Bank of British North America
(276 Duckworth Street, St. John's)
This Italianate-style building was constructed in 1849 to house Newfoundland's first commercial bank, the Bank of British North America (BBNA). The only other banking service available was the government-owned Newfoundland Savings Bank, established in 1836. The impetus for the building of the elaborate BBNA structure was the St. John's fire of 1846 that destroyed the bank's original building. Historians believe the structure to be an early work of well-known Halifax architect David Stirling who designed many Halifax buildings in the 1860s. Stirling is known for the BBNA's building in Halifax and later churches in the Gothic Revival style.
Formed in 1835, the Bank of British North America established its first colonial branch in Newfoundland in 1837. Subsequently, other branches were opened in New Brunswick, Nova Scotia, British Columbia, the Yukon and in California. In Newfoundland the BBNA faced stiff competition from the rival Union Bank, formed in 1854, and was forced out of business in 1857. The newly formed Commercial Bank of Newfoundland purchased and operated out of the building from 1857 to 1894. It was during the occupancy of the Commercial Bank in 1885 that a mansard roof was installed to replace the hipped roof providing extra space.
It was also during this second phase of ownership that the building received considerable damage from the Great Fire that ravaged much of the city in 1892. The building itself was one of the few structures to survive the devastation, although the interior sustained considerable damage and was reconstructed, most likely based upon the plans of well-known Newfoundland architect William Howe Greene. Greene is known for his work on the Supreme Court House and Cabot Tower. The top three floors were elaborate living quarters for the resident bank manager.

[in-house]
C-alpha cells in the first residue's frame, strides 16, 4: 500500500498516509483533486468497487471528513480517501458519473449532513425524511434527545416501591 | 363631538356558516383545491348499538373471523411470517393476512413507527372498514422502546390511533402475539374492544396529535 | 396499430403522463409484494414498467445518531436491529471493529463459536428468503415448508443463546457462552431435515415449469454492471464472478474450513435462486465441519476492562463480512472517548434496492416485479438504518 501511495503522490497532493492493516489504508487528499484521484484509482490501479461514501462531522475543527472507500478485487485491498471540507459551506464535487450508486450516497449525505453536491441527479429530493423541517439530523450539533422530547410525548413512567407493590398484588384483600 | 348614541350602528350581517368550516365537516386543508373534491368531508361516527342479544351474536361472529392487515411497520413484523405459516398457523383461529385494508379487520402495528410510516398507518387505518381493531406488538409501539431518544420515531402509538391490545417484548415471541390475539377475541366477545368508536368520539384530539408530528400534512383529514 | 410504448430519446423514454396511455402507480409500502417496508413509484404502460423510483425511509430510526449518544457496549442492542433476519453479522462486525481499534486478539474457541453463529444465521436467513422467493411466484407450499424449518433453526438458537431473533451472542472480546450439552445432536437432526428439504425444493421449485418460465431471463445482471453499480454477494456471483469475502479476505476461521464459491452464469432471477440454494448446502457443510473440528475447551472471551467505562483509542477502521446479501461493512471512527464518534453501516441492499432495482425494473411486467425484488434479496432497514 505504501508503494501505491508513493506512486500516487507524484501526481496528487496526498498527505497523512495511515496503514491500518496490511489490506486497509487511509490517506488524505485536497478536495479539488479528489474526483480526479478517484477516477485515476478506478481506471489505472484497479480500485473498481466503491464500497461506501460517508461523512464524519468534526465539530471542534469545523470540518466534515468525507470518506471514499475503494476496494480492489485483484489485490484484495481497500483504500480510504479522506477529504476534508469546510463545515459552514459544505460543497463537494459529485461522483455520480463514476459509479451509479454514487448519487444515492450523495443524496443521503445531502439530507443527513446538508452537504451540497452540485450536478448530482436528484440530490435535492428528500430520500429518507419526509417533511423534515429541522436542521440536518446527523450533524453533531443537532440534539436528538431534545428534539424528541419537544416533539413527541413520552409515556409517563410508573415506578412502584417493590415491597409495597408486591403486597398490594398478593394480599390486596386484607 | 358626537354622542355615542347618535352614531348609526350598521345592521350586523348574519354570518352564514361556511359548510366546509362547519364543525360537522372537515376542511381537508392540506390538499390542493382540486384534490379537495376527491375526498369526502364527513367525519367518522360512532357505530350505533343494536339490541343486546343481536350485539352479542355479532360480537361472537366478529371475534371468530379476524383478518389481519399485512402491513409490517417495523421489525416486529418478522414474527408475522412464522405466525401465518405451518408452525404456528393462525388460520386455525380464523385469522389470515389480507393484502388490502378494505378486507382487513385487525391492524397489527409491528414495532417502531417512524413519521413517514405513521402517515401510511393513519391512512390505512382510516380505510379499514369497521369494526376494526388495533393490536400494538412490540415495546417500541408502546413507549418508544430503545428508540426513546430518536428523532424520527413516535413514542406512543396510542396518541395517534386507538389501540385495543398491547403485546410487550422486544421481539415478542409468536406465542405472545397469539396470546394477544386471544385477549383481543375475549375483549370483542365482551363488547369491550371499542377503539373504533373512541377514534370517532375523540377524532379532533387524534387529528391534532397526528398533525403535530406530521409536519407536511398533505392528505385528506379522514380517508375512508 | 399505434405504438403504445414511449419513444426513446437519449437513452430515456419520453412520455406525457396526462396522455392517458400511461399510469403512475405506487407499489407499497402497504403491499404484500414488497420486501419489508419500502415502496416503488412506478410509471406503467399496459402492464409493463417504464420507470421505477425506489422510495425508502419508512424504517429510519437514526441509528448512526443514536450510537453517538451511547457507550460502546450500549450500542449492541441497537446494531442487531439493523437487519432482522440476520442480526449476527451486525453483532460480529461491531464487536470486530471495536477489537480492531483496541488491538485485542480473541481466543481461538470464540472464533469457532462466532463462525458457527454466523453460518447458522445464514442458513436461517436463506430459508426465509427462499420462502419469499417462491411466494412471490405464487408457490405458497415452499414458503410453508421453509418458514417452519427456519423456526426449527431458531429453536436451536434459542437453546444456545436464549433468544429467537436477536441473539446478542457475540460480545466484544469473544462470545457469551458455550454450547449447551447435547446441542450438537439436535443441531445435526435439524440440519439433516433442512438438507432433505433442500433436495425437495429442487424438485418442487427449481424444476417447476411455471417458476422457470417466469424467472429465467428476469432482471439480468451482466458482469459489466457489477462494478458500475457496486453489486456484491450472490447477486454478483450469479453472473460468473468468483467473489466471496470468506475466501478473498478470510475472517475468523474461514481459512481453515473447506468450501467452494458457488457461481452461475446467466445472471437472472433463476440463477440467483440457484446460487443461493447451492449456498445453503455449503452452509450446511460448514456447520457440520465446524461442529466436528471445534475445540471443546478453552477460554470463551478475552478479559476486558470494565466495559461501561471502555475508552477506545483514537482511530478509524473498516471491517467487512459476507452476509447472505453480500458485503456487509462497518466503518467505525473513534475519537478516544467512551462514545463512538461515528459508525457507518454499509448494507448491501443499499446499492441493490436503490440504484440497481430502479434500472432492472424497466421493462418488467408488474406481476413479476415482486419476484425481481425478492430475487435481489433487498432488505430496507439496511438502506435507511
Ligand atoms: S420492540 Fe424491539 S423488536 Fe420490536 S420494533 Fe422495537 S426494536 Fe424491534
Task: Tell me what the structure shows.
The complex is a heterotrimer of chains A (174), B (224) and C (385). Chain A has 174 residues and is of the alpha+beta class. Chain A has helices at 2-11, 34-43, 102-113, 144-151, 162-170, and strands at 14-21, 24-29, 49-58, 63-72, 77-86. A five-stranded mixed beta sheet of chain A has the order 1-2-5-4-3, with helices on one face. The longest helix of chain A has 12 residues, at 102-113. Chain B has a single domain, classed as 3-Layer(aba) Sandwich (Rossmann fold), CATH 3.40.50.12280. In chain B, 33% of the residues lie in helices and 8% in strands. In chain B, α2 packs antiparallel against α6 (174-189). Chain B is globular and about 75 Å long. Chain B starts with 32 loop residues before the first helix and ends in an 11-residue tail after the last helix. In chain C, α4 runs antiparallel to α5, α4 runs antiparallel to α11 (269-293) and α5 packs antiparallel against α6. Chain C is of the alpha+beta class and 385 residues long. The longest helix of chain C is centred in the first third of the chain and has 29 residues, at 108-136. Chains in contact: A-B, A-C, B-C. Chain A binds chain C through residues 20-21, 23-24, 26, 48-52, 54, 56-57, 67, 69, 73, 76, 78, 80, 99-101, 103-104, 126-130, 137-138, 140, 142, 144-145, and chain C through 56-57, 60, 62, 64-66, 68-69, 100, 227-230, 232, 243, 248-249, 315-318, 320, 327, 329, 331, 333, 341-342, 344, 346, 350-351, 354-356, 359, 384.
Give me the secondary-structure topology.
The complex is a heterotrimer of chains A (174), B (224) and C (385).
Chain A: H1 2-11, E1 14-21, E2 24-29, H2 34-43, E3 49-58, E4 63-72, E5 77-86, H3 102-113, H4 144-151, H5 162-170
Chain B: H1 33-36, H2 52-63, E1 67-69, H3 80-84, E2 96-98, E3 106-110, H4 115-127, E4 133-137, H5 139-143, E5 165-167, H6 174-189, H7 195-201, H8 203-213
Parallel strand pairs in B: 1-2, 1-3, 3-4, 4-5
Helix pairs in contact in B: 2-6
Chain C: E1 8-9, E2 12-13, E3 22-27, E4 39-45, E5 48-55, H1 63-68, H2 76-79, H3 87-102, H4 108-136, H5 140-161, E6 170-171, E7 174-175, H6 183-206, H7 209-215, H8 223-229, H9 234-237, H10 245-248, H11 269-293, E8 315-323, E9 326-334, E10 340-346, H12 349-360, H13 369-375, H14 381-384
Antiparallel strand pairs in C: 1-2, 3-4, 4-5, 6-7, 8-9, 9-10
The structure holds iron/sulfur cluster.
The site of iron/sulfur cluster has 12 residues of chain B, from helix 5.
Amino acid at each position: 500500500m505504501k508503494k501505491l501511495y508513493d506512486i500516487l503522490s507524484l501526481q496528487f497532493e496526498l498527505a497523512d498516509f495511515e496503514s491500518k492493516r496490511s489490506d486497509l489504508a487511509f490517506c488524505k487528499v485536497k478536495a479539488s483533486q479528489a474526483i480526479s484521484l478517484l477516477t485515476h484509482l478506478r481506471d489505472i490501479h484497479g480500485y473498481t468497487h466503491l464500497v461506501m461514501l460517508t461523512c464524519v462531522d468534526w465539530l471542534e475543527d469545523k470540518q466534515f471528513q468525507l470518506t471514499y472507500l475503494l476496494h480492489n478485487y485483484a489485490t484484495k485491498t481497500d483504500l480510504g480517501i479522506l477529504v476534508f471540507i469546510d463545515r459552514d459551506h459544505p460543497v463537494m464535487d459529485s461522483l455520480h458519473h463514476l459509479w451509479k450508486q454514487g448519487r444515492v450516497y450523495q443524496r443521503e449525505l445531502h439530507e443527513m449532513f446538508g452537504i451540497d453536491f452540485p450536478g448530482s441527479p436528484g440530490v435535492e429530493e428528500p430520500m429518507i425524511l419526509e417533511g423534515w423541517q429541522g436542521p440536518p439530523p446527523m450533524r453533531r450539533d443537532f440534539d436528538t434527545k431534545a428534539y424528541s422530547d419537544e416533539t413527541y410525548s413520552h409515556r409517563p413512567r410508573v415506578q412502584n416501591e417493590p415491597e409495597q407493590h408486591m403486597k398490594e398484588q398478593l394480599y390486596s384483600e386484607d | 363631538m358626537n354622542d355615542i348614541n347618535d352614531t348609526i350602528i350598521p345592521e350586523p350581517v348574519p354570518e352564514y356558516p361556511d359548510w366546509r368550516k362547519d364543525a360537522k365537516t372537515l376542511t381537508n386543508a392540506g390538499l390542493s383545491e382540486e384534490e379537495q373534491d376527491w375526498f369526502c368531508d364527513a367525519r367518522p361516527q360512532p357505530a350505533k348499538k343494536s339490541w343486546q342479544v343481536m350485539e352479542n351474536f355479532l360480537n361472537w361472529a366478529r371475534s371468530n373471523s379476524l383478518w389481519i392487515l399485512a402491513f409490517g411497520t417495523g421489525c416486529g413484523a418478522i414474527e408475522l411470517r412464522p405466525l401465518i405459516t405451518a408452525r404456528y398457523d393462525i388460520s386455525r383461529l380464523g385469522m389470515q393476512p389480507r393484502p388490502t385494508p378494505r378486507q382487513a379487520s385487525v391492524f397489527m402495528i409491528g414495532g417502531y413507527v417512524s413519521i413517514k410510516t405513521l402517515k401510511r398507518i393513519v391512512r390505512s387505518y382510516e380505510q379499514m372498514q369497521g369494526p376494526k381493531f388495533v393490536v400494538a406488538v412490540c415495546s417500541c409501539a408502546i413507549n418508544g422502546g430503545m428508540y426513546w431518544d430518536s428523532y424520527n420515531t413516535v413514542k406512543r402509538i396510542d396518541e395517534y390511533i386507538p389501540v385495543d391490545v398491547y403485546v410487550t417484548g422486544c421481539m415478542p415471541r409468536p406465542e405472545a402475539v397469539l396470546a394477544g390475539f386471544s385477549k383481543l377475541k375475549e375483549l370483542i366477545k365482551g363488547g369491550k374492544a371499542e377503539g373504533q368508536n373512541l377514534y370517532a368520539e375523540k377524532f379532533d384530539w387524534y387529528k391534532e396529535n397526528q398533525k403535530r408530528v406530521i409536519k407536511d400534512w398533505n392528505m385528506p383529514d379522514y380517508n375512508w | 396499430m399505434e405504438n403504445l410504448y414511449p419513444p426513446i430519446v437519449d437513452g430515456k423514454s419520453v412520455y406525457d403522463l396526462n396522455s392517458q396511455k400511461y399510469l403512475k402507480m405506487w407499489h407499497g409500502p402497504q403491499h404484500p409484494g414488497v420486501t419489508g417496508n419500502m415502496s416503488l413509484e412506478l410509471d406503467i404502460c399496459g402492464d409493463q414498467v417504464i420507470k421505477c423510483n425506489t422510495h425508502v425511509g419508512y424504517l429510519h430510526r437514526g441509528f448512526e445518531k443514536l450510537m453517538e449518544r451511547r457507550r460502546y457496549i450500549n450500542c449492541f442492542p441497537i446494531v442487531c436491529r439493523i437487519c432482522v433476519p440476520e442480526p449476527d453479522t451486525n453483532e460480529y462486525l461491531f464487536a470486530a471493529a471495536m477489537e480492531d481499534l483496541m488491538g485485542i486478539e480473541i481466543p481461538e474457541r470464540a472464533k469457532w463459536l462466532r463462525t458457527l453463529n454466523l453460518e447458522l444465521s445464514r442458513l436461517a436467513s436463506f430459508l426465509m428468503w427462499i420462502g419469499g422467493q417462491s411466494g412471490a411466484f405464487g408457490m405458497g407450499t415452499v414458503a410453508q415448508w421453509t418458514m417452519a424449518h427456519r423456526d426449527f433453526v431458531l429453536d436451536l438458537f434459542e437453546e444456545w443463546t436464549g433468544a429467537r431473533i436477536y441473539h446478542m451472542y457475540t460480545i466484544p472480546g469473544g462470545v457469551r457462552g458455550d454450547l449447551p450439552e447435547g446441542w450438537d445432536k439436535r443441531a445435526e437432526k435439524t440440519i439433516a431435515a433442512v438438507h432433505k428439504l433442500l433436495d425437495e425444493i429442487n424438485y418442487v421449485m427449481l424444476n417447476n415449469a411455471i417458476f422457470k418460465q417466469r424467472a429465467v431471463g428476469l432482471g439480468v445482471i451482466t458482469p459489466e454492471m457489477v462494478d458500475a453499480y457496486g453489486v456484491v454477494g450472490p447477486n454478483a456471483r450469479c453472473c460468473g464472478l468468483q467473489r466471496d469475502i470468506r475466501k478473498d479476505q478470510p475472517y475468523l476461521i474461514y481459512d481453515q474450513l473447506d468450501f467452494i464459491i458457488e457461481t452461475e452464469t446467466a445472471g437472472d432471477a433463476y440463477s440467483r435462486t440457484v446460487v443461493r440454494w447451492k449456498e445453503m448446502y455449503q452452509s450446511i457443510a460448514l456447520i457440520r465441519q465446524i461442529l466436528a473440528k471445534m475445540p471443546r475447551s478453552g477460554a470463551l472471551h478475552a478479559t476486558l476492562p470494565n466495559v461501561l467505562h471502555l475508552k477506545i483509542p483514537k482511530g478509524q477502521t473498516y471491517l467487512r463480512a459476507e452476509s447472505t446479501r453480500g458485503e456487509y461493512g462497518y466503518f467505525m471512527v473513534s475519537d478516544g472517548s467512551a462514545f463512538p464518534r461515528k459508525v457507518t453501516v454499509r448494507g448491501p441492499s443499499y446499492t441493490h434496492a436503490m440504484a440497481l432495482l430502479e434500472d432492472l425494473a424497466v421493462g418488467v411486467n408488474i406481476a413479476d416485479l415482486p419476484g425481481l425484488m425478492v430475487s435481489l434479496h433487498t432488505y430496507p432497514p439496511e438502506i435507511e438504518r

On December 10, 1894 a watershed event in Newfoundland's history occurred - the closure of the main banks in the colony, the Commercial and the Union. It ushered in the era of large Canadian Banks being involved in Newfoundland's affairs. The banknotes issued by the Commercial and Union banks were Newfoundland's only currency and consequently their demise left the colony destitute. Canadian banks rushed to Newfoundland's assistance and began to establish branches in the colony. The Bank of Montreal made the greatest contribution by lending the Newfoundland government sufficient funds to meet interest payments and for a resumption of the construction of the railway. In addition, they lent sufficient funds to allow a local merchant firm to buy fish from distressed fishermen. By 1897 the Bank of Montreal exclusively controlled the Newfoundland government's accounts. This led to the establishment of Canadian currency as legal tender within Newfoundland and the local currency being made compatible with that of the Dominion of Canada.
Befitting the new era in Newfoundland's economic history, in 1895 the Bank of Montreal moved into the building constructed for the first commercial bank in the colony, the BBNA. Two years later, the only Newfoundland bank to survive the 1894 Crash, the Newfoundland Savings Bank, moved into the building and ran its operations from there for 65 years. The Savings Bank was an important tool that the Newfoundland government used to raise money for the war effort from 1914-1918 via a savings stamp plan that involved thousands of school children. In 1962 the Bank of Montreal purchased the Savings Bank and reacquired the building.
The Bank of Montreal sustained a branch in the building until 1985 when it donated the building to the City of St. John's. At present the building is home to the College of the North Atlantic's Anna Templeton Centre. Anna Templeton had a life long involvement in the local arts and crafts scene, including a period in the 1960s when she was supervisor of the Craft Training Division of the Department of Education. The centre was established in her honour as a non-profit crafts and arts training and education centre, where courses are offered in weaving, knitting, print and dye techniques, as well as surface embellishment and photography.
In recognition of the importance of the Bank of British North America's building to Newfoundland's banking history, the Heritage Foundation of Newfoundland and Labrador designated the site a Registered Heritage Structure on May 3, 1991. This structure was also awarded the Southcott Award for heritage restoration by the Newfoundland Historic Trust.